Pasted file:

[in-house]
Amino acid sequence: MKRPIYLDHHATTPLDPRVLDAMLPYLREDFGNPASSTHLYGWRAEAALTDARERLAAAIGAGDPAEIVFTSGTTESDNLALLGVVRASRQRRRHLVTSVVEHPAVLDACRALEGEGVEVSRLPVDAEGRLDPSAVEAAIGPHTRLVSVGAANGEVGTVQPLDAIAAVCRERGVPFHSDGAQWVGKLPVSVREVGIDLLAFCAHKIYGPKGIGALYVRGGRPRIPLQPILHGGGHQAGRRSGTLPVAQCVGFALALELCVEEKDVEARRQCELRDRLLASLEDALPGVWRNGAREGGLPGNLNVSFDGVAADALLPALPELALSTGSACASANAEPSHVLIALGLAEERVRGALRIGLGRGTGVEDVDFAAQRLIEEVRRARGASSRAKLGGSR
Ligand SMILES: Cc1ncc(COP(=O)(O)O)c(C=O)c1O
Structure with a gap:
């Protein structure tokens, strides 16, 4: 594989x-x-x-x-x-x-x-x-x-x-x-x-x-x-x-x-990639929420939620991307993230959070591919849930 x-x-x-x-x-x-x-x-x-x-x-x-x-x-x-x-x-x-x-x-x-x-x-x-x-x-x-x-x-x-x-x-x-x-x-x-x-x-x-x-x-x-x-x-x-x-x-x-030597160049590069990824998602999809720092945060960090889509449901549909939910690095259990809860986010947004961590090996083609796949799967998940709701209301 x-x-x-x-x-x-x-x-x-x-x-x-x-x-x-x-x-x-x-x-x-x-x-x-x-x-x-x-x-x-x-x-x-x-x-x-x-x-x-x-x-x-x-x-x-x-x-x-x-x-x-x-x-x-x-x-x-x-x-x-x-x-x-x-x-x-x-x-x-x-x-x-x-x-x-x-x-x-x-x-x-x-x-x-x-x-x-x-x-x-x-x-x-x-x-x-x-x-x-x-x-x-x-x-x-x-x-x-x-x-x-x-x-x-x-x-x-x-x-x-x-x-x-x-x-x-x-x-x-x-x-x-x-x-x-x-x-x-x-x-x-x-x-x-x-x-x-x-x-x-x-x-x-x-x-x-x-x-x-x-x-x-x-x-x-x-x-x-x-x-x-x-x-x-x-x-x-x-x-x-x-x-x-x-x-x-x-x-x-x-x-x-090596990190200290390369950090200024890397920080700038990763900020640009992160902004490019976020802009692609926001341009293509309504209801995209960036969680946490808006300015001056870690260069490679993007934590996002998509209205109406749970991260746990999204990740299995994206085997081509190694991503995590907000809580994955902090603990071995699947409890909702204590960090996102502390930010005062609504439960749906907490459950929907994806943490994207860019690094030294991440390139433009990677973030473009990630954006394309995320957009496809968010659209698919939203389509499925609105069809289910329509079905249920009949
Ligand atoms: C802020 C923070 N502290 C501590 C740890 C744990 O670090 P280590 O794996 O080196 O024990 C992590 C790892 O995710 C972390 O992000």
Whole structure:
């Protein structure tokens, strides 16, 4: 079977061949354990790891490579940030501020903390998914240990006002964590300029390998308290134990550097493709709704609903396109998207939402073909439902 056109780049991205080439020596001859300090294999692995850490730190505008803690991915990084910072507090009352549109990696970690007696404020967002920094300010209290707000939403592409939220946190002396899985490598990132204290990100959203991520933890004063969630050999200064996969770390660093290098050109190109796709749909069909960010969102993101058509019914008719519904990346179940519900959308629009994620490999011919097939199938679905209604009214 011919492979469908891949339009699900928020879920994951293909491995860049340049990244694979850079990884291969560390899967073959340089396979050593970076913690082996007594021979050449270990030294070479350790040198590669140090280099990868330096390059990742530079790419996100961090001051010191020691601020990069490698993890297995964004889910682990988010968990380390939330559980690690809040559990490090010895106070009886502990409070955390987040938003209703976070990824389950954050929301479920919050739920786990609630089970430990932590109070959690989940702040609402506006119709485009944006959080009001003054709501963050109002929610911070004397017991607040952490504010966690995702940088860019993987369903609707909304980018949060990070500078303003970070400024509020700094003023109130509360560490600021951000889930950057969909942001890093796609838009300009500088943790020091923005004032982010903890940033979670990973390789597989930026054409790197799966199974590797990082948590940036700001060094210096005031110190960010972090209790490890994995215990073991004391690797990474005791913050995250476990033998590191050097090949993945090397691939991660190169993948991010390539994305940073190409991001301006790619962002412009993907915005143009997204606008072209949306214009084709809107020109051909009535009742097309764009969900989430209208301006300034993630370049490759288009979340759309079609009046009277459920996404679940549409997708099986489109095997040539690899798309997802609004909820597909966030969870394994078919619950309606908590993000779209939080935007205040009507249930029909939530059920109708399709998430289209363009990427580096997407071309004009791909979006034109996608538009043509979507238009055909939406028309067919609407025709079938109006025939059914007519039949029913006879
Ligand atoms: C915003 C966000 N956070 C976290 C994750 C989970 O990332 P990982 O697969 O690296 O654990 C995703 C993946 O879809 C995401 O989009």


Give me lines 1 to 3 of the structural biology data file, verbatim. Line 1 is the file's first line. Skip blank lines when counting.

[in-house]
Amino acid sequence: MKRPIYLDHHATTPLDPRVLDAMLPYLREDFGNPASSTHLYGWRAEAALTDARERLAAAIGAGDPAEIVFTSGTTESDNLALLGVVRASRQRRRHLVTSVVEHPAVLDACRALEGEGVEVSRLPVDAEGRLDPSAVEAAIGPHTRLVSVGAANGEVGTVQPLDAIAAVCRERGVPFHSDGAQWVGKLPVSVREVGIDLLAFCAHKIYGPKGIGALYVRGGRPRIPLQPILHGGGHQAGRRSGTLPVAQCVGFALALELCVEEKDVEARRQCELRDRLLASLEDALPGVWRNGAREGGLPGNLNVSFDGVAADALLPALPELALSTGSACASANAEPSHVLIALGLAEERVRGALRIGLGRGTGVEDVDFAAQRLIEEVRRARGASSRAKLGGSR
Ligand SMILES: Cc1ncc(COP(=O)(O)O)c(C=O)c1O